July 2009

I feel compelled to point out that I am not the only birder getting all literary with it lately: the most recent I and the Bird, over at Picus Blog, contains much to beguile the wordy as well as the birdy, including the use of the always-fun Literary Agent Hypothesis (my own, less-fun literary agent hypothesis: finding a literary agent is going to take awhile) and a cunning cliffhanger ending.

Also, if you want in on the next edition of I and the Bird, get on it, because the deadline has been pushed up to Sunday.

ETA: While I am flanked in the world of fiction as described above, Jochen at Bell Tower Birding is making a play to steal my tech writing job! Of course, if I become redundant I’ll have more time for birding…. if I can just figure out how to make staring at herons pay the rent.

Say you’re a Heron. And say it’s July or August somewhere in North America. The year has been good, and you’ve gotten your fledglings out of the nest and more or less self-sufficient; or the year has been bad, and they’re all dead but it’s far too late to start on another batch. Or you just fledged yourself, and you have nothing to do but not die for the next little while.

There’s no real point to starting to head south. Compared to those strange short birds that are just now trickling down from the Arctic to cluster around your feet in the mud at Jamaica Bay, you haven’t got very far to go. The bodies of water you favor haven’t even started to think about icing over yet. There are still fish, there are still insects, there are still young, callow amphibians and crustaceans wandering around. But, as we’ve said, another brood of young isn’t a possibility. It’s as though nature itself is giving you an enforced summer vacation!

Thus, the post-breeding dispersal. Every year about this time, wading birds (some other species have post-breeding dispersals too, but on their own schedule and outside the scope of this post) spread out from their rookeries and explore the rest of the country. With large wings that let them take advantage of warm rising air, they can often end up quite a long way from home, to the delight of birders. This is the season that brings Little Blue Herons almost to the Canadian border, peaks the number of Tricolored Herons at Jamaica Bay, and sometimes brings even more exotic goodies.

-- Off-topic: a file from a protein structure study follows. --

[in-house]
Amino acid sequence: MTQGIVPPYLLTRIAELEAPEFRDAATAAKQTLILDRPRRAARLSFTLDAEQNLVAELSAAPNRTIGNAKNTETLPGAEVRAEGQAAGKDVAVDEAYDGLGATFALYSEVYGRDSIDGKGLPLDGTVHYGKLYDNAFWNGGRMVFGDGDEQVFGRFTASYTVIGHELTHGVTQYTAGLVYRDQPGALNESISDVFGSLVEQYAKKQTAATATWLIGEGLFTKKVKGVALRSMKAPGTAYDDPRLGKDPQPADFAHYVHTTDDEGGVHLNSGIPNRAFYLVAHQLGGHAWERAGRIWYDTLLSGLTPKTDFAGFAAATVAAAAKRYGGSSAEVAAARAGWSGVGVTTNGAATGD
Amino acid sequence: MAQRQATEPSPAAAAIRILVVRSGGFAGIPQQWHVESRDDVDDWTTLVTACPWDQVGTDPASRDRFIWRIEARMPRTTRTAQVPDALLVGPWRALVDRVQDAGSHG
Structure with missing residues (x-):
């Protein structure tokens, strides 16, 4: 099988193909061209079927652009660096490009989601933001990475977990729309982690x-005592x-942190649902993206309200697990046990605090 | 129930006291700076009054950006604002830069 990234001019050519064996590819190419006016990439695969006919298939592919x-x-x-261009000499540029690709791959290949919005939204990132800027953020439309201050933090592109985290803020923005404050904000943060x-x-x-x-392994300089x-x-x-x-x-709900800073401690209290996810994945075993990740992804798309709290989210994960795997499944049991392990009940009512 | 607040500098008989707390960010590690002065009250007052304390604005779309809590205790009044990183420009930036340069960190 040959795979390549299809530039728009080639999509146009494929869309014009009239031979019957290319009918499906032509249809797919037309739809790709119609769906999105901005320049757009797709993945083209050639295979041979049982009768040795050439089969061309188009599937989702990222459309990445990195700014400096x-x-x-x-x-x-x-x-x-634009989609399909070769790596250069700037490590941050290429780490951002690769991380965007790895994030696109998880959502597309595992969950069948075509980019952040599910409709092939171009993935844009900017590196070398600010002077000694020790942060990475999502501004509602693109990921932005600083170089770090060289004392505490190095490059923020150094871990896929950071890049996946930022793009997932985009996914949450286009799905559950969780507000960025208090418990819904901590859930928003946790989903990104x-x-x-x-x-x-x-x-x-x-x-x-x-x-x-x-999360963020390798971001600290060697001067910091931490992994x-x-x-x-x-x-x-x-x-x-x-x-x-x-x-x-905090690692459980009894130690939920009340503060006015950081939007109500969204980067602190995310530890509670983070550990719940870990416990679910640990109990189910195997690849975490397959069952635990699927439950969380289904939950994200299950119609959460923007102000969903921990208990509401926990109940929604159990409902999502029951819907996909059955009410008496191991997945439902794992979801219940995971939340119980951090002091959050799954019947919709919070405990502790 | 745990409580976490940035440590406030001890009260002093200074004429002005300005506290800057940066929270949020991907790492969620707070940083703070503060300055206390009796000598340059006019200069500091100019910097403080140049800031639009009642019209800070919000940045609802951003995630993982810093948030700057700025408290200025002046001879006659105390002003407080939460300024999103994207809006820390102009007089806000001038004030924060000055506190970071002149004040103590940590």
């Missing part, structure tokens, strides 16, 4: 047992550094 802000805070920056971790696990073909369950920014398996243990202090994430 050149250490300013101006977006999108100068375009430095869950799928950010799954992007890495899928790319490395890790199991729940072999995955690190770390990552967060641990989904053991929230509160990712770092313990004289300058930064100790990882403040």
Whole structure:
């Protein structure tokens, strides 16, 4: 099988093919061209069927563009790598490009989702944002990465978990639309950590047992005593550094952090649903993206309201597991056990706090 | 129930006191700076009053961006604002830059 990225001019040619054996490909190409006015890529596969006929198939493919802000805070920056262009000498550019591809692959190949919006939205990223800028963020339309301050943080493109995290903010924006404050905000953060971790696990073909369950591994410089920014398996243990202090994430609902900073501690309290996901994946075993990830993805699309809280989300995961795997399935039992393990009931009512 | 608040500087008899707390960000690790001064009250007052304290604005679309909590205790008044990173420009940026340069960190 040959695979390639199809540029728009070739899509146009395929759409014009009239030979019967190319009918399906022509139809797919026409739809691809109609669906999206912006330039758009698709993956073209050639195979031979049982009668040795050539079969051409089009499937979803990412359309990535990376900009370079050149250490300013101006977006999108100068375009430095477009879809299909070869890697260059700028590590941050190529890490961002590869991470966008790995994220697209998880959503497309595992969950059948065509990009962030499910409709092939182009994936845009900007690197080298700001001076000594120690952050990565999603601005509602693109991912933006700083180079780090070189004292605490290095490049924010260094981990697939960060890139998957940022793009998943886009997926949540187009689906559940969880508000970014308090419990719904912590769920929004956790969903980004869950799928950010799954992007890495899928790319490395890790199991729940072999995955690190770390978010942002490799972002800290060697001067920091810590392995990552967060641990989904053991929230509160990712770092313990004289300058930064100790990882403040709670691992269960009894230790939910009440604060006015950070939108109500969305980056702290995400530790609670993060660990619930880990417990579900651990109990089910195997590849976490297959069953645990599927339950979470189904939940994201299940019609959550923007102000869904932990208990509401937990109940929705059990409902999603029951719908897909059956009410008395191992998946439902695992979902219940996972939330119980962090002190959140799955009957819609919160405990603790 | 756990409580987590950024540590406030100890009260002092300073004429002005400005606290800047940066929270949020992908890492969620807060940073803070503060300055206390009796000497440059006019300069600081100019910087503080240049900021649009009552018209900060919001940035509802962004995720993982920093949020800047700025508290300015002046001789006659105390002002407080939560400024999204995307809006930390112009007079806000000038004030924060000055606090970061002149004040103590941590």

(Western M%^*&^&F$%*ing Reef Heron results not typical. Or even probable.)

But even gliding, this takes energy, and birds do not expend energy to delight – or frustrate – birders, as much as it may sometimes seem so. I’ve been able to find little on the whys and wherefores of post-breeding dispersal in herons and their kin, although a popular – and seemingly reasonable – theory is that it allows the birds to spread the pressure of feeding their still-growing and/or soon-to-be-migrating appetites over a wider area than just the immediate vicinity of the rookery, exploiting smaller patches of more varied habitat.

Sometimes they wind up in habitat that is just a little too varied to be practical.

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This is Corey’s fault. His lovely post on Jamaica Bay (particularly the Barn Owl pictures) not only reminded me that I needed to get outdoors again, it got the wheels turning in the Inimitable Todd’s head. So, despite the pounding sun and predicted heat, I was gently pried loose from my computer just prior e-mailing my first targeted agent and aimed in the direction of the water.

The Inimitable Todd had never been to the east side of the refuge before. As I led him down the trails to Big John’s Pond, he was impressed by the natural beauty of the scene – and also by the enormous, threatening signs warning of ticks along the trail.